Featured Research

from universities, journals, and other organizations

Mimicking The Human Body With Carbon Black Polymers

Date:
October 13, 2003
Source:
National Institute Of Standards And Technology
Summary:
Metal detectors have become so commonplace that you might think we know all we need to about them. However, the law enforcement community must continually update performance standards for metal detectors to ensure that new products purchased in the marketplace operate at specified minimum levels.

Metal detectors have become so commonplace that you might think we know all we need to about them. However, the law enforcement community must continually update performance standards for metal detectors to ensure that new products purchased in the marketplace operate at specified minimum levels. Further-more, they must know if exposure to the magnetic fields generated by metal detectors affects the functioning of personal medical electronic devices (such as cardiac defibrillators, infusion pumps, spinal cord stimulators, etc.)

Related Articles


With funding from the U.S. Department of Justice's National Institute of Justice, researchers at the National Institute of Standards and Technology (NIST) develop and revise such standards as new technologies become available. One project concentrated on finding better materials to mimic the human body's response to the magnetic fields generated by metal detectors. By using such biologic "phantoms," researchers can create more realistic testing scenarios without subjecting medical patients to exposure.

Since about two-thirds of the human body is made of water, conventional phantoms utilize liquids and salts. However, the liquids are subject to evaporation that changes both the salinity and the electrical conductivity, making it difficult to model human body components consistently.

The NIST researchers came up with an improved phantom material, a polymer mixed with carbon powder. By varying the amount of carbon powder used, the materials can mimic blood, bone, fat and skin. The researchers chose carbon black--a fine powder made almost entirely of elemental carbon--because of its electrical conductivity and low cost. The impregnated polymers can be formed in a variety of shapes and sizes. A recent NIST publication* discusses the material and its low-frequency electrical properties in detail.

###

* NIST Technical Note 1529, Carbon-Loaded Polymer Composites Used as Human Phantoms: Theoretical Models for Predicting Low-Frequency Dielectric Behavior. R.G. Geyer, J. Baker-Jarvis, M.D. Janezic, and R.K. Kaiser.


Story Source:

The above story is based on materials provided by National Institute Of Standards And Technology. Note: Materials may be edited for content and length.


Cite This Page:

National Institute Of Standards And Technology. "Mimicking The Human Body With Carbon Black Polymers." ScienceDaily. ScienceDaily, 13 October 2003. <www.sciencedaily.com/releases/2003/10/031012234227.htm>.
National Institute Of Standards And Technology. (2003, October 13). Mimicking The Human Body With Carbon Black Polymers. ScienceDaily. Retrieved December 20, 2014 from www.sciencedaily.com/releases/2003/10/031012234227.htm
National Institute Of Standards And Technology. "Mimicking The Human Body With Carbon Black Polymers." ScienceDaily. www.sciencedaily.com/releases/2003/10/031012234227.htm (accessed December 20, 2014).

Share This


More From ScienceDaily



More Matter & Energy News

Saturday, December 20, 2014

Featured Research

from universities, journals, and other organizations


Featured Videos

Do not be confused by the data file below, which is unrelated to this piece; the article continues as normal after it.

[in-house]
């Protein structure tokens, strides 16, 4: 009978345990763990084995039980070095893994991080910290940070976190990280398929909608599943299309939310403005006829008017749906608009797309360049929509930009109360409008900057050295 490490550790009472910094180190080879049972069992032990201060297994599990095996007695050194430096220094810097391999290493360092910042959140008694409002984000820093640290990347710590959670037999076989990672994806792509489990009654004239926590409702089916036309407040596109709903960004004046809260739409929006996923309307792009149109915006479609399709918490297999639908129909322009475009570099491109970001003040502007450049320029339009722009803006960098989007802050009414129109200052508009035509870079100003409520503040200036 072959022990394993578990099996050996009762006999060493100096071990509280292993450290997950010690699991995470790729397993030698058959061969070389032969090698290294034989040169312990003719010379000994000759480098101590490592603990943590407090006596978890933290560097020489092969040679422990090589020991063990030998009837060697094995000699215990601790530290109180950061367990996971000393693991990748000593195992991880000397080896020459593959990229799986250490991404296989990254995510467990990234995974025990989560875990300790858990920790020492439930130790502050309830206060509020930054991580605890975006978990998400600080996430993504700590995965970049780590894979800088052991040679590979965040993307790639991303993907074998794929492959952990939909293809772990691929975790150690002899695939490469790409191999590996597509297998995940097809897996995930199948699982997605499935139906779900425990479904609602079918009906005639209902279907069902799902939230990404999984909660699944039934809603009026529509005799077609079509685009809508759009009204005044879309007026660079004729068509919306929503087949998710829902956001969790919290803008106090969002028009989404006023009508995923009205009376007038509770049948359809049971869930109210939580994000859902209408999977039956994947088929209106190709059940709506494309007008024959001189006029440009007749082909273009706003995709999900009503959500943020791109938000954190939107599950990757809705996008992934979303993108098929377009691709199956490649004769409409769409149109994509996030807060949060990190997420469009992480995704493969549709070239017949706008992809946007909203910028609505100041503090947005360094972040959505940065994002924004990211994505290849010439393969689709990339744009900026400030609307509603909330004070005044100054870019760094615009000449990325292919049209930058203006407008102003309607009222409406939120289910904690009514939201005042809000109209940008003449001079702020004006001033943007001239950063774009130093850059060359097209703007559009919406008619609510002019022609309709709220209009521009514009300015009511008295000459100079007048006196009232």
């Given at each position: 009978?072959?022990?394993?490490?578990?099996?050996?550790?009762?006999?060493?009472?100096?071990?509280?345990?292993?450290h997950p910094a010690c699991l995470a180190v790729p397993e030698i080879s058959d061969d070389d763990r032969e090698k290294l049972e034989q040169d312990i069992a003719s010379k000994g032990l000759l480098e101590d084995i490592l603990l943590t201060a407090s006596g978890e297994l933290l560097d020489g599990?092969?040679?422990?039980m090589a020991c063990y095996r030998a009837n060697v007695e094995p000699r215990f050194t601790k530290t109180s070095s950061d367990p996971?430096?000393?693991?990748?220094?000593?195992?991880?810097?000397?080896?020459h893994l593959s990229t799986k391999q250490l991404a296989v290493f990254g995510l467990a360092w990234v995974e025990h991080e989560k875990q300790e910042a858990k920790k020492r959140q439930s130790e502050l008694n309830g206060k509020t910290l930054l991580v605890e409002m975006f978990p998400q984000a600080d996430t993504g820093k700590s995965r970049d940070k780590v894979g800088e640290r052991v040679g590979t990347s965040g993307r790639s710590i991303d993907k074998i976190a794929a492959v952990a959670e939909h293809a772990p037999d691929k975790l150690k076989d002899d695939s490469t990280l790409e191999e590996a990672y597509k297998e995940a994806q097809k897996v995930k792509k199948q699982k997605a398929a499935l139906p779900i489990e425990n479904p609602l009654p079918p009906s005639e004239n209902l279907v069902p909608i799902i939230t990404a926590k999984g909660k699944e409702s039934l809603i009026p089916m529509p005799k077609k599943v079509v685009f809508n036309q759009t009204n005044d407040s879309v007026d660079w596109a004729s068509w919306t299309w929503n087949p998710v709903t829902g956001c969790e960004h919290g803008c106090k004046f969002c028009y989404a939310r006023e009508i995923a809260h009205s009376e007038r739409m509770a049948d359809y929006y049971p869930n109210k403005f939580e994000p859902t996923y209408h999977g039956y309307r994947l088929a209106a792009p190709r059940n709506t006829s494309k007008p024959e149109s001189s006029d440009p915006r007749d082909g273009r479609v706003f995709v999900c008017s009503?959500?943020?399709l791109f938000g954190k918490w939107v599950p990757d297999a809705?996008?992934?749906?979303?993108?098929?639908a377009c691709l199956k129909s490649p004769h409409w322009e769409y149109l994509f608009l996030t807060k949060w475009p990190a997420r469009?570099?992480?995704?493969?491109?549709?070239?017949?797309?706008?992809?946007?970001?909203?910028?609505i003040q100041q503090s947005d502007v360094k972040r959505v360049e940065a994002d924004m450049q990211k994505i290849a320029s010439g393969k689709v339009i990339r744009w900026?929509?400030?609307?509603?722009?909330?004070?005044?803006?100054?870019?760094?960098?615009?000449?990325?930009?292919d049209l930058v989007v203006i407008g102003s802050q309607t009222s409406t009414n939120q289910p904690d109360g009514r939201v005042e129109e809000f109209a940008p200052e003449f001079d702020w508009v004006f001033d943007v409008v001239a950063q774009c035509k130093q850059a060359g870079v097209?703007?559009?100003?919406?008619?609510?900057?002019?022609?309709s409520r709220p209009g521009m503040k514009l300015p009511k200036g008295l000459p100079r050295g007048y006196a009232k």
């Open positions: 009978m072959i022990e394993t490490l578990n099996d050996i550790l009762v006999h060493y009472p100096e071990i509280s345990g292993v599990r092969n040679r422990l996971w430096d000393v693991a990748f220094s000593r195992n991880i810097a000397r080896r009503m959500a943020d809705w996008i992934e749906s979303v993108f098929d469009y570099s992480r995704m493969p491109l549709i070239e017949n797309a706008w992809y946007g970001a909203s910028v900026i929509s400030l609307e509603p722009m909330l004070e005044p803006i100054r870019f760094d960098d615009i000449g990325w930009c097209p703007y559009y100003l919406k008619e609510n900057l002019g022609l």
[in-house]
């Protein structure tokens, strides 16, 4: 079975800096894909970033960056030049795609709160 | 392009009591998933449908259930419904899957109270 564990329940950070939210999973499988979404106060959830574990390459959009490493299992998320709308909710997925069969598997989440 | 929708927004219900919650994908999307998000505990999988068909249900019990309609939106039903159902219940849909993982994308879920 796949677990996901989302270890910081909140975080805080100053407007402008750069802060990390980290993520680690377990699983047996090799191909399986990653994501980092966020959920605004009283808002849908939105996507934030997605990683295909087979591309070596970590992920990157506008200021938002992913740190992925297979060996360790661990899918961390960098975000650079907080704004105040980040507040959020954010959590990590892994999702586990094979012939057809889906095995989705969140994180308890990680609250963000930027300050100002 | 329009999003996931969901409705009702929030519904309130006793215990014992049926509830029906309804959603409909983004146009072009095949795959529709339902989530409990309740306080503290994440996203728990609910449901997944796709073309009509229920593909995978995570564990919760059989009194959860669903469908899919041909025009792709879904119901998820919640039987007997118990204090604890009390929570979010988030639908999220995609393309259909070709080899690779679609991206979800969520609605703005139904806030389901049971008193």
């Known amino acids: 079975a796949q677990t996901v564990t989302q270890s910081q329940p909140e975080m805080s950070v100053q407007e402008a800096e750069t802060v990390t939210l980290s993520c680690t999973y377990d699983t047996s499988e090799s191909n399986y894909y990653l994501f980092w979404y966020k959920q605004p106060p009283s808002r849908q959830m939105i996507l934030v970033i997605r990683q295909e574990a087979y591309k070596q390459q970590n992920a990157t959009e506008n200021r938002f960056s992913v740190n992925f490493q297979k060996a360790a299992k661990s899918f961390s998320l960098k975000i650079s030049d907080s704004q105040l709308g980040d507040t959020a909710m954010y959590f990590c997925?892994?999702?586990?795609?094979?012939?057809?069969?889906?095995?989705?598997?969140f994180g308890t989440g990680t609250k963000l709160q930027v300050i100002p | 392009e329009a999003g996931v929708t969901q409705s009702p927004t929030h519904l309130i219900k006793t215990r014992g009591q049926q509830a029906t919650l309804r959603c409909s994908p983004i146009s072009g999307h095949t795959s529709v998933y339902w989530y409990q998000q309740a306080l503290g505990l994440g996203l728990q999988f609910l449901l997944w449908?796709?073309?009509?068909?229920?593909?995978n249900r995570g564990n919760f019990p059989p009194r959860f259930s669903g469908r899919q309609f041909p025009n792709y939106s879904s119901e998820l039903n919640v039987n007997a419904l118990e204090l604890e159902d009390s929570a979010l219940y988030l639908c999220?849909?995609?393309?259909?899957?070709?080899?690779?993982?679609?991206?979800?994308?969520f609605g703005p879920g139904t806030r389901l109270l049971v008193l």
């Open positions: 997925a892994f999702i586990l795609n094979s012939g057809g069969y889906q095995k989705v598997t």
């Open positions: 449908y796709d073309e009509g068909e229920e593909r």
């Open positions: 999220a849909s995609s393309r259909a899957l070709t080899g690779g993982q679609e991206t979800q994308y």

from AP, Reuters, AFP, and other news services

Building Google Into Cars

Building Google Into Cars

Reuters - Business Video Online (Dec. 19, 2014) Google's next Android version could become the standard that'll power your vehicle's entertainment and navigation features, Reuters has learned. Fred Katayama reports. Video provided by Reuters
Powered by NewsLook.com
AP Review: Nikon D750 and GoPro Hero 4

AP Review: Nikon D750 and GoPro Hero 4

AP (Dec. 19, 2014) What to buy an experienced photographer or video shooter? There is some strong gear on the market from Nikon and GoPro. The AP's Ron Harris takes a closer look. (Dec. 19) Video provided by AP
Powered by NewsLook.com
Double-Amputee Becomes First To Move Two Prosthetic Arms With His Mind

Double-Amputee Becomes First To Move Two Prosthetic Arms With His Mind

Buzz60 (Dec. 19, 2014) A double-amputee makes history by becoming the first person to wear and operate two prosthetic arms using only his mind. Jen Markham has the story. Video provided by Buzz60
Powered by NewsLook.com
Navy Unveils Robot Fish

Navy Unveils Robot Fish

Reuters - Light News Video Online (Dec. 18, 2014) The U.S. Navy unveils an underwater device that mimics the movement of a fish. Tara Cleary reports. Video provided by Reuters
Powered by NewsLook.com

Search ScienceDaily

Number of stories in archives: 140,361

Find with keyword(s):
Enter a keyword or phrase to search ScienceDaily for related topics and research stories.

Save/Print:
Share:

Breaking News:

Strange & Offbeat Stories


Space & Time

Matter & Energy

Computers & Math

In Other News

... from NewsDaily.com

Science News

Health News

Environment News

Technology News



Save/Print:
Share:

Free Subscriptions


Get the latest science news with ScienceDaily's free email newsletters, updated daily and weekly. Or view hourly updated newsfeeds in your RSS reader:

Get Social & Mobile


Keep up to date with the latest news from ScienceDaily via social networks and mobile apps:

Have Feedback?


Tell us what you think of ScienceDaily -- we welcome both positive and negative comments. Have any problems using the site? Questions?
Mobile: iPhone Android Web
Follow: Facebook Twitter Google+
Subscribe: RSS Feeds Email Newsletters
Latest Headlines Health & Medicine Mind & Brain Space & Time Matter & Energy Computers & Math Plants & Animals Earth & Climate Fossils & Ruins